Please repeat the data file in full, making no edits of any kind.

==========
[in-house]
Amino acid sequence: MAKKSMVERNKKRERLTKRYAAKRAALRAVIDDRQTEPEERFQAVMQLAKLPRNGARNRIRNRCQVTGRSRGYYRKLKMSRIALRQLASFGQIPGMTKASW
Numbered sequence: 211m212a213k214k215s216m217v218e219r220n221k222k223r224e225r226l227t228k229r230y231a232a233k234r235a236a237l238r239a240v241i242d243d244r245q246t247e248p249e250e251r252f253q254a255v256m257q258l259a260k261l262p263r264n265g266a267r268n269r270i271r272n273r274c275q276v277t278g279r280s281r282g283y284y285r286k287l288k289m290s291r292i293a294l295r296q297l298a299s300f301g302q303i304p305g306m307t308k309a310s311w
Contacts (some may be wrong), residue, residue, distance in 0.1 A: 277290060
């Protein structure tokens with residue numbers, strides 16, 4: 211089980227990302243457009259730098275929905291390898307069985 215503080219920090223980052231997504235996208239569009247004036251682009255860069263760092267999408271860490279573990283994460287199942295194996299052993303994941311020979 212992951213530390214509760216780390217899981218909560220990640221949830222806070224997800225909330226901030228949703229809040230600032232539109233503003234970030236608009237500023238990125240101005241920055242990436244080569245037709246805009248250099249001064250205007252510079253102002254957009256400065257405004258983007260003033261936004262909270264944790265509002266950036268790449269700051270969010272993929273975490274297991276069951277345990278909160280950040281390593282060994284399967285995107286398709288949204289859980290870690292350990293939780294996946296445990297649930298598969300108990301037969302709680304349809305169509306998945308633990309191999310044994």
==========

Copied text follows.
[in-house]
Amino acid sequence: MAKKSMVERNKKRERLTKRYAAKRAALRAVIDDRQTEPEERFQAVMQLAKLPRNGARNRIRNRCQVTGRSRGYYRKLKMSRIALRQLASFGQIPGMTKASW
Numbered sequence: 211m212a213k214k215s216m217v218e219r220n221k222k223r224e225r226l227t228k229r230y231a232a233k234r235a236a237l238r239a240v241i242d243d244r245q246t247e248p249e250e251r252f253q254a255v256m257q258l259a260k261l262p263r264n265g266a267r268n269r270i271r272n273r274c275q276v277t278g279r280s281r282g283y284y285r286k287l288k289m290s291r292i293a294l295r296q297l298a299s300f301g302q303i304p305g306m307t308k309a310s311w
Contacts (some may be wrong), residue, residue, distance in 0.1 A: 277290060
């Protein structure tokens with residue numbers, strides 16, 4: 211089980227990302243457009259730098275929905291390898307069985 215503080219920090223980052231997504235996208239569009247004036251682009255860069263760092267999408271860490279573990283994460287199942295194996299052993303994941311020979 212992951213530390214509760216780390217899981218909560220990640221949830222806070224997800225909330226901030228949703229809040230600032232539109233503003234970030236608009237500023238990125240101005241920055242990436244080569245037709246805009248250099249001064250205007252510079253102002254957009256400065257405004258983007260003033261936004262909270264944790265509002266950036268790449269700051270969010272993929273975490274297991276069951277345990278909160280950040281390593282060994284399967285995107286398709288949204289859980290870690292350990293939780294996946296445990297649930298598969300108990301037969302709680304349809305169509306998945308633990309191999310044994």